But why stop at three generations. If I am residing in North India, I would be curious to find out about my ancestors. Who were my ancestors? Did they fight in Mahabharata war? Were they on Pandava's side or Kaurava's side?Were they Aryans? Did they come from central Asia? Or they were native Indians. If they came from central Asia, where were they before that? There is really no end to these questions. Unfortunately so far, there was no scientific method to answer these questions.

By analyzing the DNA , scientists have now found a new method of establishing genetic lineage. We all know that every human cell carries twenty three pairs of chromosomes inherited from the parents. The last pair of chromosomes is of particular interest. If the off spring is a boy he carries the Y chromosome inherited from his father. This also will be the only intact chromosome which he will pass on to his son. All male descendants in a family tree therefore carry this chromosome and establish a clear line of paternal ancestry. What has been found out now is that a very similar thing happens with female off springs. Each and every human cell including embryonic cells have a very similar structure. There is a cell nucleus which normally carries all the chromosomes. The substance outside the nucleus is called cytoplasm. In this cytoplasm there are small structures called Mitochondria. Surprisingly, Mitochondria have there own DNA. Every female carries a unique 'Mitochondrial DNA' inherited from her mother. This again is the only DNA that is transferred by her to her female off springs in intact form. 'Mitochondrial DNA' , therefore just like a Y chromosome, establishes a clear line of maternal ancestry. By putting special colour markers on the small mutations found in Y chromosomes or 'Mitochondrial DNA', it is possible to easily establish blood interrelationships between various groups and nationalities. In year 1991 a dead body was found in the snow covered Italian Alps mountains. The body was dated as about five thousand three hundred years old. Scientists managed to mark the 'Mitochondrial DNA' found in the bones of this body. Later on, an offer was made to public to match their 'Mitochondrial DNA' with the 'Mitochondrial DNA' found in this old body. Many volunteered and surprisingly three matches were found. These three people now know that the old body was that of one of their ancestors and they are also related to each other.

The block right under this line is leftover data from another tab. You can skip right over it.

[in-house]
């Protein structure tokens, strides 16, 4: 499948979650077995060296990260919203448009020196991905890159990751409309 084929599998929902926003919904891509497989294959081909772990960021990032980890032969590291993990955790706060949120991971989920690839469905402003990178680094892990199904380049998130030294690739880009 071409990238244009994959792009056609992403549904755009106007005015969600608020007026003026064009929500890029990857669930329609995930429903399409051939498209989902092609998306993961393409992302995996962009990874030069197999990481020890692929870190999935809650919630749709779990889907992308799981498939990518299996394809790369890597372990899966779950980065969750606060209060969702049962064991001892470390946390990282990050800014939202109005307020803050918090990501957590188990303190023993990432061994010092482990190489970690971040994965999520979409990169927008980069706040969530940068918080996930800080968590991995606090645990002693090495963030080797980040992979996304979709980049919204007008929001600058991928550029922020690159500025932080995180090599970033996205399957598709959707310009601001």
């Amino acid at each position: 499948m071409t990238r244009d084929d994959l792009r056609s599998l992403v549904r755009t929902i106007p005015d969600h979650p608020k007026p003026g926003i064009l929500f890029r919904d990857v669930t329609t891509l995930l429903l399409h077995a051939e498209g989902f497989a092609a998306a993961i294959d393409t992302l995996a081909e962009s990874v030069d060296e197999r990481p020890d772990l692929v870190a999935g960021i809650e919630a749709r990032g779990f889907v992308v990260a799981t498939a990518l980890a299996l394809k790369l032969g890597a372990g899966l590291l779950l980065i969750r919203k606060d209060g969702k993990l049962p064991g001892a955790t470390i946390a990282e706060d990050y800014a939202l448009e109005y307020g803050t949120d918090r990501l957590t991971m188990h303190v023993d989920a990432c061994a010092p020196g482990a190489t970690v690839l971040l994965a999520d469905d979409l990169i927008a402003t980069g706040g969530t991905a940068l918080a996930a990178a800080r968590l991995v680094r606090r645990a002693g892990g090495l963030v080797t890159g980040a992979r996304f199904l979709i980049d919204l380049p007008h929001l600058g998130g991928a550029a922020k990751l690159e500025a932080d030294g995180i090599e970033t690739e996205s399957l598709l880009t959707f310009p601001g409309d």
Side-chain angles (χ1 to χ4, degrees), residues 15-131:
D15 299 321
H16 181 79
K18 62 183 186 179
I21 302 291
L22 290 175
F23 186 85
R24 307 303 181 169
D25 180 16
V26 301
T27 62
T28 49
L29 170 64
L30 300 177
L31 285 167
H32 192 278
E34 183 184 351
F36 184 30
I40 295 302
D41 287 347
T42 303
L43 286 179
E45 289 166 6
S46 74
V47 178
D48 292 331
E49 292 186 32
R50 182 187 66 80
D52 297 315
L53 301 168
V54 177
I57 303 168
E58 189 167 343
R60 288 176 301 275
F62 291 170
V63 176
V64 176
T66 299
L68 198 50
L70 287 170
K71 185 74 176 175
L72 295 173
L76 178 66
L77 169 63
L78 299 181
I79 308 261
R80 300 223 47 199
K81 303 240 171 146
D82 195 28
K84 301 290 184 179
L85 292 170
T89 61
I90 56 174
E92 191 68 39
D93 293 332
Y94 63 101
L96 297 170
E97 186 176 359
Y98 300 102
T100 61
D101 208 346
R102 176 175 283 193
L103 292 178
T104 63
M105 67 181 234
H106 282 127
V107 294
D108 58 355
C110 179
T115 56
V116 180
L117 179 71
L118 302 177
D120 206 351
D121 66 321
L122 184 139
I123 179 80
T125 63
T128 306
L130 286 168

Another thing becomes very clear with these findings. In any one generation, besides immediate nuclear family members, the paternal male cousins or maternal female cousins are the only real blood relatives having a common gene. How clever is this arrangement made by the nature. During early human migrations, the groups of humans were isolated and small. For healthy propagation of the species, it was absolutely necessary to avoid birth of any off springs originating from parents having common genes. Since all real blood relatives are of same sex ( except off course the immediate nuclear family members) this could be achieved very effectively.

Applying this knowledge on a world wide scale, scientist have proved two major migrations to India both originating from Africa. One migration is from north Africa, Persia route and the other is via Europe, North Asia route. This conclusively proves, that the origin of all of us is a place in west Africa. If we want to find out the route by which our ancestors came to India, it could be done by our DNA analysis.

Finding our roots has now become a science. I can even find out, if I have a cousin in Turkmenistan or Zambia. I do not have to make emotional trips down the memory lane.